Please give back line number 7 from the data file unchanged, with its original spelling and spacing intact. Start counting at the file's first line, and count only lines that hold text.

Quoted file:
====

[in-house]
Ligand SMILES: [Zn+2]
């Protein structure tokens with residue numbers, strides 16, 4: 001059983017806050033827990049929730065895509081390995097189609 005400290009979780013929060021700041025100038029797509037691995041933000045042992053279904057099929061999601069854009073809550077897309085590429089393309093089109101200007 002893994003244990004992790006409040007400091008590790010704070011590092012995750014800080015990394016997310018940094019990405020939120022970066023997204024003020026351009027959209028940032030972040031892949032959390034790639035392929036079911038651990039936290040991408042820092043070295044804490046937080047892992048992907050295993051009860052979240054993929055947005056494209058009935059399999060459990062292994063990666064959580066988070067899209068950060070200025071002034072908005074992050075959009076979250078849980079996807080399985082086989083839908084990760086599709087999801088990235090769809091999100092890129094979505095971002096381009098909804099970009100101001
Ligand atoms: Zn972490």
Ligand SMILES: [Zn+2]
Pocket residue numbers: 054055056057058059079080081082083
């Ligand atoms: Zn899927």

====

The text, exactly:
């Ligand atoms: Zn899927």